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Acute nonoliguric renal failure Ri  黃正憲 2003/10/27
Acute Renal Failure <ul><li>Definitions: </li></ul><ul><ul><li>An increase in the  serum creatinine of    0.5  mg/dl over...
Category  <ul><li>1. urine output </li></ul><ul><ul><li>Anuric: <100 mL/d </li></ul></ul><ul><ul><li>Oliguric: 100-500 mL/...
Acute Renal Failure <ul><li>Pre Renal  Causes </li></ul><ul><li>- Intravascular volume depletion from vomiting diarrhea,  ...
Acute Renal Failure <ul><li>Pre Renal  Causes </li></ul>Post Renal Causes - External compression to the outflow tract from...
Acute Renal Failure <ul><li>Pre Renal  Causes </li></ul>Post Renal Causes Intrinsic causes Tubulo-  Glomerular  Vascular I...
Acute Renal Failure <ul><li>Pre Renal  Causes </li></ul>Post Renal Causes Intrinsic causes Tubular  Interstitial  Acute ne...
Ischemic Acute Renal Failure <ul><li>Intravascular volume depletion and hypotension </li></ul><ul><li>Gastrointestinal, re...
Toxin induced Acute Renal Failure <ul><li>Reduction in renal perfusion through alteration of intra renal hemodynamics </li...
<ul><li>Categories of anuria, oliguria, and nonoliguria  may be  useful in differential diagnosis of ARF. </li></ul><ul><l...
Nonoliguric ARF <ul><li>Oliguria is a frequent but not invariable clinical feature (~50%).  </li></ul><ul><li>Harrison’s 1...
Nonoliguric ARF <ul><li>ATN: aminoglycoside, streptomycin, polymyxin B, lithium, or cisplatin nephrotoxicity. </li></ul><u...
Nonoliguric ARF <ul><ul><li>Glomerular alterations in experimental oliguric and nonoliguric acute renal failure. </li></ul...
Nonoliguric ARF <ul><ul><li>Acute renal failure: clinical outcome and causes of death. </li></ul></ul><ul><ul><li>Higher m...
Nonoliguric ARF <ul><ul><li>Acute renal failure in a teaching hospital. </li></ul></ul><ul><ul><li>… Compared with nonolig...
Conclusion  <ul><li>Nonoliguric acute renal failure </li></ul><ul><li>Although the causes of nonoliguric renal failure var...
Management of acute renal failure  <ul><li>Management of volume homeostasis </li></ul><ul><li>Management of electrolyte ho...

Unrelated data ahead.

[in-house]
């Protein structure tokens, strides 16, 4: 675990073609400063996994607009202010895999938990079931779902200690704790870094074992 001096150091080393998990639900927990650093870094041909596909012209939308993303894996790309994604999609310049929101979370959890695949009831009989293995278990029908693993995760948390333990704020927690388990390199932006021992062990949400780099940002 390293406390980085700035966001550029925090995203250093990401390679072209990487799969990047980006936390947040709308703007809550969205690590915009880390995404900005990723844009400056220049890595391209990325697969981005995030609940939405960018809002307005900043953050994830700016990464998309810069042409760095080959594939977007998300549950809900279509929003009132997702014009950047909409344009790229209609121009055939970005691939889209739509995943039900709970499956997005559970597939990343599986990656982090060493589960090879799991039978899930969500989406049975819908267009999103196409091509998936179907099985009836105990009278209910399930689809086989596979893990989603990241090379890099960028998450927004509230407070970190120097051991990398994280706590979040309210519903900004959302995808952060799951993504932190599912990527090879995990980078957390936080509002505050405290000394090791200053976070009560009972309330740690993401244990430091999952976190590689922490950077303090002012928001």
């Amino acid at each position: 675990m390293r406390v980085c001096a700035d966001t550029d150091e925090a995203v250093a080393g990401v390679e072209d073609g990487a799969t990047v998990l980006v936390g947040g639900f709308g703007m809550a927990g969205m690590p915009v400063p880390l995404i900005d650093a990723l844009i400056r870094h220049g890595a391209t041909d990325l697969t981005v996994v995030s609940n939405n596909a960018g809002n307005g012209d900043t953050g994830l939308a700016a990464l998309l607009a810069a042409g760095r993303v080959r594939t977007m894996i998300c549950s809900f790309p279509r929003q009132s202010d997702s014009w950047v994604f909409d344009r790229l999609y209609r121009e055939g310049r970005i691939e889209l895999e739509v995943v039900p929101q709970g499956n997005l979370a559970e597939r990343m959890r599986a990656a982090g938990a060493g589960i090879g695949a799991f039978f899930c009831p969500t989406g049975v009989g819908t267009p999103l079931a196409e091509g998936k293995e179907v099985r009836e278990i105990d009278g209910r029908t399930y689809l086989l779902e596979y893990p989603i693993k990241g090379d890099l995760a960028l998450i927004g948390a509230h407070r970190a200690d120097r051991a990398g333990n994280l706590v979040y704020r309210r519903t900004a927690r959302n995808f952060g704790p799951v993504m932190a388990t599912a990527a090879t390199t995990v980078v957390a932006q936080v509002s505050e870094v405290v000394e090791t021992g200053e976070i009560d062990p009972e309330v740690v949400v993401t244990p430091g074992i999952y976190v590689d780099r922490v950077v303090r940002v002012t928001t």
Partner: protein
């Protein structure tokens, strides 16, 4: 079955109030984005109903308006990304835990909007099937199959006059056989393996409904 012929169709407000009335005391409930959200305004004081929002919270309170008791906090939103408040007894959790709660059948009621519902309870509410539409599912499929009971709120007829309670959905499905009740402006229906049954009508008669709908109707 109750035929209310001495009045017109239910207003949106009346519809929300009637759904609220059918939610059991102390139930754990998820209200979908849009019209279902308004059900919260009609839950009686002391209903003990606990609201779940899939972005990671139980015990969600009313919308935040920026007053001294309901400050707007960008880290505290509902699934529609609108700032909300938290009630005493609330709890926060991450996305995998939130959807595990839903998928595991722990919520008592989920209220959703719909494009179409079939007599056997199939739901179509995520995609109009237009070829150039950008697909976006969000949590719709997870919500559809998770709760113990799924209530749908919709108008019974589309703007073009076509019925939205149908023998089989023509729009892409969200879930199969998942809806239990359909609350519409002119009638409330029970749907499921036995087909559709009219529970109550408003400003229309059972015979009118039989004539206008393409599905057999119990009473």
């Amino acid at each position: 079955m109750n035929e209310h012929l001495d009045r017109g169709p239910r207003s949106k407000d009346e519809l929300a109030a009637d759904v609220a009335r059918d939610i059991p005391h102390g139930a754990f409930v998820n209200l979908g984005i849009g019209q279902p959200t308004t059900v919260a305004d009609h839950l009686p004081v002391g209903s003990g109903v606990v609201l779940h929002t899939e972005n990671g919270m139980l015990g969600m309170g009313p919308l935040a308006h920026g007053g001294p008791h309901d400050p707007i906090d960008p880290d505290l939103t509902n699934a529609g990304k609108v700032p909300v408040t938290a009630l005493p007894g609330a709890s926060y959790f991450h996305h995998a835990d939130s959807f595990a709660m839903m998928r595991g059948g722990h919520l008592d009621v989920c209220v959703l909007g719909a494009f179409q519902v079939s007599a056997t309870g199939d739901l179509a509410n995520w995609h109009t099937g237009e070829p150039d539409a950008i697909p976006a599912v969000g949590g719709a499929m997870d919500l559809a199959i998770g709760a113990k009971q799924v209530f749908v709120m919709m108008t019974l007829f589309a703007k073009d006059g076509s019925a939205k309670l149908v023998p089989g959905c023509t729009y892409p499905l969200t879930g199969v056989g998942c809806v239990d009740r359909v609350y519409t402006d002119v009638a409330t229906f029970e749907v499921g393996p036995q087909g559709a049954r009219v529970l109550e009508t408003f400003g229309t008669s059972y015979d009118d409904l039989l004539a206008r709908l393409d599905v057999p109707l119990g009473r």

Management of volume homeostasis <ul><li>Record I/O  </li></ul><ul><li>Physical examination  </li></ul><ul><li>Fluid = uri...
Management of electrolyte homeostais  <ul><li>Hypernatremia and hyponatremia </li></ul><ul><li>Hyperkalemia </li></ul><ul>...
Management of acid- base homeostasis <ul><li>Dietary protein restriction  0.8-1.0g/kg of body weight  30 kcal /kg/day ( ex...
Management of uremia <ul><li>Fatigue, lethargy, mental dullness, norexia and nausea  </li></ul><ul><li>More serious– myocl...
Nutritional management in acute renal failure  <ul><li>Minimal recommand protein intake0.6-0.8g/kg/day </li></ul><ul><li>C...
Indications for dialysis <ul><li>Absolute indications </li></ul><ul><li>uremic symptoms </li></ul><ul><li>uremic pericardi...
Drug management in acute renal failure  <ul><li>Stop nephrotoxic drugs </li></ul><ul><li>Adjust medication dose </li></ul>...
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14 Ri Acute Nonoliguric Renal Failure

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14 Ri Acute Nonoliguric Renal Failure

  1. 1. Acute nonoliguric renal failure Ri 黃正憲 2003/10/27
  2. 2. Acute Renal Failure <ul><li>Definitions: </li></ul><ul><ul><li>An increase in the serum creatinine of  0.5 mg/dl over baseline value </li></ul></ul><ul><ul><li>An increase in the serum creatinine of more than 50% over base line value </li></ul></ul><ul><ul><li>A reduction in the calculated creatinine clearance of 50% </li></ul></ul><ul><ul><li>A decrease in the renal function that results in the need for dialysis </li></ul></ul>
  3. 3. Category <ul><li>1. urine output </li></ul><ul><ul><li>Anuric: <100 mL/d </li></ul></ul><ul><ul><li>Oliguric: 100-500 mL/d </li></ul></ul><ul><ul><li>Nonoliguric: >500 mL/d </li></ul></ul><ul><li>2. the more common </li></ul><ul><ul><li>Pre-renal </li></ul></ul><ul><ul><li>Intrinsic </li></ul></ul><ul><ul><li>Post-renal </li></ul></ul>